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#UofTBackToSchool: Football goals and academic dreams

Griffin Assance-Goulais, a first-year life sciences student, says he dreams of playing football for the Varsity Blues and becoming a doctor (photo by Hannah James)

When you’re shy, sometimes you need a little push.

That’s what Griffin Assance-Goulais learned when his younger brother lovingly shoved him in front of University of Toronto's Varsity Blues defensive line coach Joe Cappiello at a tryout camp in Oshawa, Ont., and said, ‘Hey coach, this is my brother Griffin and he wants to go to your school.'" 

He got noticed. It was, Assance-Goulais says, exactly what he needed to pursue his dream of studying science and playing football at U of T.

“When I want something, I want it,” says Assance-Goulais, an accomplished athlete who competed in high school sports, including javelin, shotput and football.

As a high school student, he also took part in two of U of T’s programs for teens, which he says helped crystallize his goals. He spent one week last year at the Faculty of Medicine's Youth Summer Program and prior to that spent March break at the SOAR Aboriginal Youth Gathering.

Read more about U of T's SOAR program for teens

Since then, Assance-Goulais, who is Anishinaabe and whose home community is Chimnissing First Nation on Christian Island – a place he describes as “the most beautiful place on Earth” – has decided he wants to pursue medicine, with the hopes of eventually working in his community.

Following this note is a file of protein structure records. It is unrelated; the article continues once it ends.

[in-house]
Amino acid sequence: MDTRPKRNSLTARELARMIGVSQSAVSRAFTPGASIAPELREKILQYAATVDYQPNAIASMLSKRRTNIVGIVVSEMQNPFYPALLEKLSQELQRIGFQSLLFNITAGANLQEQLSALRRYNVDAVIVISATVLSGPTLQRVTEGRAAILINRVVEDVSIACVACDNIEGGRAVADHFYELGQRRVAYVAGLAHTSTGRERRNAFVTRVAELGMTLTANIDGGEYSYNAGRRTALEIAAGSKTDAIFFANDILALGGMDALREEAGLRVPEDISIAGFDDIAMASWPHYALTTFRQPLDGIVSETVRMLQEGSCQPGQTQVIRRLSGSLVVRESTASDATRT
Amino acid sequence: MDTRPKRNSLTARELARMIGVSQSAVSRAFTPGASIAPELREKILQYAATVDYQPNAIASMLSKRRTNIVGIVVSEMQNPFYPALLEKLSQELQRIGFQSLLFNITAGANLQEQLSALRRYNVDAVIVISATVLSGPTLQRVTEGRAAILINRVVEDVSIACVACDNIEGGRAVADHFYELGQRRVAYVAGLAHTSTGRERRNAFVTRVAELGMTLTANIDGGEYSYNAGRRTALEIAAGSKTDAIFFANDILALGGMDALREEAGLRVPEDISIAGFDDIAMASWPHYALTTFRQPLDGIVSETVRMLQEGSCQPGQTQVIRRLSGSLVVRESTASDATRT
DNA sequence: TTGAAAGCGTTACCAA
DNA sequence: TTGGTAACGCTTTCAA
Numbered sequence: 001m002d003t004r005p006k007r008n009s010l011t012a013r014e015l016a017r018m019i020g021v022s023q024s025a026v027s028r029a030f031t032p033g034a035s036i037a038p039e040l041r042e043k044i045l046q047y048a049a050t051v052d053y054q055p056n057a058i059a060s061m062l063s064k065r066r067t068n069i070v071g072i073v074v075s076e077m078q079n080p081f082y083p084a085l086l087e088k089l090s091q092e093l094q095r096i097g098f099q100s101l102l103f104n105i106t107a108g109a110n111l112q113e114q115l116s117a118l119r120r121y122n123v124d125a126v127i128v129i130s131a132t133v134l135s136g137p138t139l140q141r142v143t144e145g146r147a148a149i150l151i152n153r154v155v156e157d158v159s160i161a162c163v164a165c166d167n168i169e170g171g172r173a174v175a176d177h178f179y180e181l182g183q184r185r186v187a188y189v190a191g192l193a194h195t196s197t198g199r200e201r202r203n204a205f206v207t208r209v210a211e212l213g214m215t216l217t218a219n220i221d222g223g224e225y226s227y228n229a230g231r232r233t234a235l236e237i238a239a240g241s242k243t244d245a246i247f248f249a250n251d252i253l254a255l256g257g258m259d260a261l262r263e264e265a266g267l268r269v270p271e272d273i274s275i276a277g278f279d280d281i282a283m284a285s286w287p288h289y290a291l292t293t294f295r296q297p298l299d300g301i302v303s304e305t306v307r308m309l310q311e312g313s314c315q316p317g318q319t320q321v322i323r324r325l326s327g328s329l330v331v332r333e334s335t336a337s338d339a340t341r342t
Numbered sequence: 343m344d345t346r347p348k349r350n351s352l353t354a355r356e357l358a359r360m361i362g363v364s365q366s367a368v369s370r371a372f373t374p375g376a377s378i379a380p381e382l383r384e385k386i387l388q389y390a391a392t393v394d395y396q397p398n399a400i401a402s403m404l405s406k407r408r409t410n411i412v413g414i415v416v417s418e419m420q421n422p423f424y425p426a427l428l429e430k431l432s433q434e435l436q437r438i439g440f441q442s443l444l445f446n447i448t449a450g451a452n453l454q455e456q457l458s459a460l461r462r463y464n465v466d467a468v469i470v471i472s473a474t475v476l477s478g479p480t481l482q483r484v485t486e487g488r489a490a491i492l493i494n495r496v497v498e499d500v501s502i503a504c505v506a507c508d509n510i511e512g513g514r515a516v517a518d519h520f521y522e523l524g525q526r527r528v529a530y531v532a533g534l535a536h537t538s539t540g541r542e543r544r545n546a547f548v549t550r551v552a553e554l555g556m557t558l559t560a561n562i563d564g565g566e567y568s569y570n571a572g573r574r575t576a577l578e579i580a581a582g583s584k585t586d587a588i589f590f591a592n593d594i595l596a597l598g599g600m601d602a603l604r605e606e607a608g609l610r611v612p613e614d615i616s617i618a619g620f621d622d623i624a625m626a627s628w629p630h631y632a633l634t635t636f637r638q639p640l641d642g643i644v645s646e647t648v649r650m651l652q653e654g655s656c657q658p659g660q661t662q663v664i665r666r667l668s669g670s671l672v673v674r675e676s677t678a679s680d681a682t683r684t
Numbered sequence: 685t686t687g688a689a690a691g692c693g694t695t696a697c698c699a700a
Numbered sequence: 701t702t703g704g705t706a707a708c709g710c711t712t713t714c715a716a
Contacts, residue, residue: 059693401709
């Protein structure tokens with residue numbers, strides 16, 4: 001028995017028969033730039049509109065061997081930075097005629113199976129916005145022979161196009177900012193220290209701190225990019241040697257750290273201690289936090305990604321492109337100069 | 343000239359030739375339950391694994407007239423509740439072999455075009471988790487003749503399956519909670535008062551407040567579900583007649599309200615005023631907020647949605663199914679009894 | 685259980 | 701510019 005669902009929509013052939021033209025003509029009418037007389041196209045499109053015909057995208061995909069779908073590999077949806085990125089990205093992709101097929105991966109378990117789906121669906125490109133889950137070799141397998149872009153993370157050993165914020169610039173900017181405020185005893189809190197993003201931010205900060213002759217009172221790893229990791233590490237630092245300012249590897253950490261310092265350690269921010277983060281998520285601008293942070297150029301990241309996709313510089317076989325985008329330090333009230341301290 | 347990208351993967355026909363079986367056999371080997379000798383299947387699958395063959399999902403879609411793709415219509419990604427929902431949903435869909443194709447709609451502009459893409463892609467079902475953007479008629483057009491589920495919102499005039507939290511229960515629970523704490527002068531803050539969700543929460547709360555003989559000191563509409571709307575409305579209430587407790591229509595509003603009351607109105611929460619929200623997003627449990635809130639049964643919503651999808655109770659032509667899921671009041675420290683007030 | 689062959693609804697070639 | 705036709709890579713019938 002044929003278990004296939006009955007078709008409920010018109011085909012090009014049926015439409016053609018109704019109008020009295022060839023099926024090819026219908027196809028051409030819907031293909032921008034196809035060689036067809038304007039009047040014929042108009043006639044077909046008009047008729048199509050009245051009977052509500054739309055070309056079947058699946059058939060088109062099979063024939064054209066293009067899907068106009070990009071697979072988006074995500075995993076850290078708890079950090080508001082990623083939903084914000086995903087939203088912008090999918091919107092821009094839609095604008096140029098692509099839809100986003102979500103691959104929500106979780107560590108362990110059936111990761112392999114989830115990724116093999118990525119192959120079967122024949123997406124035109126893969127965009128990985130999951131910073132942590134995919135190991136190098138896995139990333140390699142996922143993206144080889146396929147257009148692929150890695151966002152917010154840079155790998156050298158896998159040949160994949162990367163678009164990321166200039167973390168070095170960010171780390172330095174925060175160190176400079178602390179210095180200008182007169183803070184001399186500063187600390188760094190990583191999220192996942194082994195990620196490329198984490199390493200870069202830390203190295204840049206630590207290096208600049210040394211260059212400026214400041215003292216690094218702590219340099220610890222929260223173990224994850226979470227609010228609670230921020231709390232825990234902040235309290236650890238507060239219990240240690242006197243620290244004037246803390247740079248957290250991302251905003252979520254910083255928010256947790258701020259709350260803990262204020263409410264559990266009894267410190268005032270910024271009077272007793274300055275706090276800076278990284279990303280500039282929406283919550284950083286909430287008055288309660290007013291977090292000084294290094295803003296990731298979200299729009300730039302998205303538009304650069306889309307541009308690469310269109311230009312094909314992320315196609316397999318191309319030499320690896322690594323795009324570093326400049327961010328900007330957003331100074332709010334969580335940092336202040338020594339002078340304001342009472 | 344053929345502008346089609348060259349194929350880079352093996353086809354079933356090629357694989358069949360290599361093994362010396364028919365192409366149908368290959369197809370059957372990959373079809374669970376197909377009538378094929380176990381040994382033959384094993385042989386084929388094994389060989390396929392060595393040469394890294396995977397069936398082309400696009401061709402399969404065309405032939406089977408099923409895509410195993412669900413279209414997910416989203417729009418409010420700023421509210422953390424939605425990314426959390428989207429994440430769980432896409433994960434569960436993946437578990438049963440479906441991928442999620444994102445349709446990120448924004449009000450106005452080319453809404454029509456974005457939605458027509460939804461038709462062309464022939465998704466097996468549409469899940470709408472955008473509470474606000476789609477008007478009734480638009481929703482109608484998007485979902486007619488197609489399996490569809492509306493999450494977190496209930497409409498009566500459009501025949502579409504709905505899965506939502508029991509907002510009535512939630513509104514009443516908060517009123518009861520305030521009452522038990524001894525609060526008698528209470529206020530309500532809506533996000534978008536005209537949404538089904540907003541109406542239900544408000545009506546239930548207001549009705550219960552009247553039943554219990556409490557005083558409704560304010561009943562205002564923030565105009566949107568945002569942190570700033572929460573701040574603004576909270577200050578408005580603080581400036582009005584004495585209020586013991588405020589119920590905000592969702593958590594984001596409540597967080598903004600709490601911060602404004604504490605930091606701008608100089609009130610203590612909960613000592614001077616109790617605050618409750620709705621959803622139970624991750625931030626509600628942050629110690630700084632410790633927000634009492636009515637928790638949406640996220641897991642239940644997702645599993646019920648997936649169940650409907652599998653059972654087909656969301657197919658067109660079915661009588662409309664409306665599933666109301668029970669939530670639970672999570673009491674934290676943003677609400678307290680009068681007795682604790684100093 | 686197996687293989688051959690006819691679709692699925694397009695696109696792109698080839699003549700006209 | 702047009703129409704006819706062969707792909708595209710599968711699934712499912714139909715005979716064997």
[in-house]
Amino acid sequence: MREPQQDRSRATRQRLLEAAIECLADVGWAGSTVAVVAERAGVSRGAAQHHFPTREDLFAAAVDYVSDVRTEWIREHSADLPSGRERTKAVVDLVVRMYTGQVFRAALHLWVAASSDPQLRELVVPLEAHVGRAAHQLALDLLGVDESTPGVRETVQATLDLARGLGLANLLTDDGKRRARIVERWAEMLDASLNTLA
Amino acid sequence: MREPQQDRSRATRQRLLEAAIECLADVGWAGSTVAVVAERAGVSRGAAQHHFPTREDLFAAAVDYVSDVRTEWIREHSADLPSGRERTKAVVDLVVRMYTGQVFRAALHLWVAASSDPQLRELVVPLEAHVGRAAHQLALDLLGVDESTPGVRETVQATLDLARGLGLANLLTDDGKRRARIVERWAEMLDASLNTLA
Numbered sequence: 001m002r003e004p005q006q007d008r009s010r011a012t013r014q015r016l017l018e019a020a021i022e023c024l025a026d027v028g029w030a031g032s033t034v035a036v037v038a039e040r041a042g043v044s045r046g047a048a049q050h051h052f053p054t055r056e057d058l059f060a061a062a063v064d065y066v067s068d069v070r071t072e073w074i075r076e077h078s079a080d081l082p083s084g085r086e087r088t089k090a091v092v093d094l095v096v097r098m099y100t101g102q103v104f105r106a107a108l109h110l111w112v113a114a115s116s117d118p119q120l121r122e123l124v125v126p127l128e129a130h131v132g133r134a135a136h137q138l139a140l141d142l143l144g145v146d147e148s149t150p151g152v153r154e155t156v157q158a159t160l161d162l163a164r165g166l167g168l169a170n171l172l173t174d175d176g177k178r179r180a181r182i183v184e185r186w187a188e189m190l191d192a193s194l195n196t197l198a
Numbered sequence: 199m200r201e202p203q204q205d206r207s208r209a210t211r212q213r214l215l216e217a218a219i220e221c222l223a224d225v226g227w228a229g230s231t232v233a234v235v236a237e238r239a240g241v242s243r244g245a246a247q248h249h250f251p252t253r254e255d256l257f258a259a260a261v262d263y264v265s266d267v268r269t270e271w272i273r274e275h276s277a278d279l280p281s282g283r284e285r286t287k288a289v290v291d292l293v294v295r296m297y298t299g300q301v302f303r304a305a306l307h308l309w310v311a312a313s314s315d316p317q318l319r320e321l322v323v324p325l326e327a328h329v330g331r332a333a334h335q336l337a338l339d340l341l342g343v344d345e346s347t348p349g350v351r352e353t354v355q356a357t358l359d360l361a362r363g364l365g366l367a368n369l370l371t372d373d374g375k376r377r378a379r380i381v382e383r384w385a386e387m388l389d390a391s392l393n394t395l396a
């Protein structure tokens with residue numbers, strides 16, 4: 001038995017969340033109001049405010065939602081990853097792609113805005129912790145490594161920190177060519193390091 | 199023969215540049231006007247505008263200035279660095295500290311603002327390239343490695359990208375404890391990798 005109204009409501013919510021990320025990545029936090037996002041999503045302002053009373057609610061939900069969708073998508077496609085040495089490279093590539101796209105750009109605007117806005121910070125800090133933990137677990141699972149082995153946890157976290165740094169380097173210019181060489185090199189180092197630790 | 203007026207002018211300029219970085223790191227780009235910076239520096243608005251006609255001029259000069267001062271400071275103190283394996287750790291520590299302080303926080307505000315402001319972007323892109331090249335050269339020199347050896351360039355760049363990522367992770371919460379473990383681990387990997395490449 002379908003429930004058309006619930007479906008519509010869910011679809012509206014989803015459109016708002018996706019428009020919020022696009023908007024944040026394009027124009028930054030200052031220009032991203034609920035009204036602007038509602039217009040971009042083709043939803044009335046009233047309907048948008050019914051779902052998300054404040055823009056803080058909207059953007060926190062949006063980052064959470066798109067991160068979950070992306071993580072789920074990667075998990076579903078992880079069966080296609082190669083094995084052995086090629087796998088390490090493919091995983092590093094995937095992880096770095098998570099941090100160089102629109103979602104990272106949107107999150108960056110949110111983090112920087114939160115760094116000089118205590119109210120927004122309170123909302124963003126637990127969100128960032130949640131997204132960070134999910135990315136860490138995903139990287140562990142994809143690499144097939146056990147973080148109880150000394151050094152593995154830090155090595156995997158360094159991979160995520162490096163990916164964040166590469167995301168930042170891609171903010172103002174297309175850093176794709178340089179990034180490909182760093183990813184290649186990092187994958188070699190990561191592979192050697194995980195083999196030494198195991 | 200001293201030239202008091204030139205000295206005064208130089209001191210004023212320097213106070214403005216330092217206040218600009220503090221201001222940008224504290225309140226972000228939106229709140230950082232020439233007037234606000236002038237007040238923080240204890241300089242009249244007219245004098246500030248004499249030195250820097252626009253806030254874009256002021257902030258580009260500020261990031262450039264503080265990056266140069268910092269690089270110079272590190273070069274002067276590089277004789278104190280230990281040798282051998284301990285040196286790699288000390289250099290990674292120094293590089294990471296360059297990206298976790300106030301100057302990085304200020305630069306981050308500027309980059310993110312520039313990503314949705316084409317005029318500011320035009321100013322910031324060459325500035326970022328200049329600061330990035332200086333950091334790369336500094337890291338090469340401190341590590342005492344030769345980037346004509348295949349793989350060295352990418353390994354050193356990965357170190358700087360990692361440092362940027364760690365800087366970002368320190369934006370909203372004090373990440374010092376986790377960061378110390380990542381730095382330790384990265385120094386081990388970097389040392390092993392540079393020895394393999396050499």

His first step: starting in the life sciences program at U of T and having "a dream come true" – signing a letter of intent with the Varsity Blues football team. As the New College student adjusts to life on U of T's downtown campus, he is also training four to six days a week with varsity coaches at the Goldring Centre so he can join Varsity Blues veteran players in their strict training regimen.

Griffin Assance-Goulais, No. 83, playing with the North Bay Bulldogs (photo courtesy of Griffin Assance-Goulais)

Greg Gary, Varsity Blues head coach and manager of football operations, says Assance-Goulais's dogged persistence helped the young football player.

The coach decided to invite Assance-Goulais to U of T for a tryout and a tour of the university. “We hadn’t seen him play a lot of football at that point, but once we invited him down and saw him play, we thought he would be a really good fit for the program,” he says. 

Photo of letter-signing

Assance-Goulais signed the letter of intent, with Gary at his side, in the spring (see photo, left).

Gary says Assance-Goulais is coming from a smaller centre for football that hasn't had the same calibre of competition as some larger centres, “Physically he can play the game. It’s just a matter of developing him.” 

For Assance-Goulais, his ultimate goal is to become a doctor because he loves helping others and wants to work in his community.

“I want to be better than me five minutes ago, better than me a week ago, better than a month ago,” says Assance-Goulais. “That goes for everything – football and, above all else, for academics."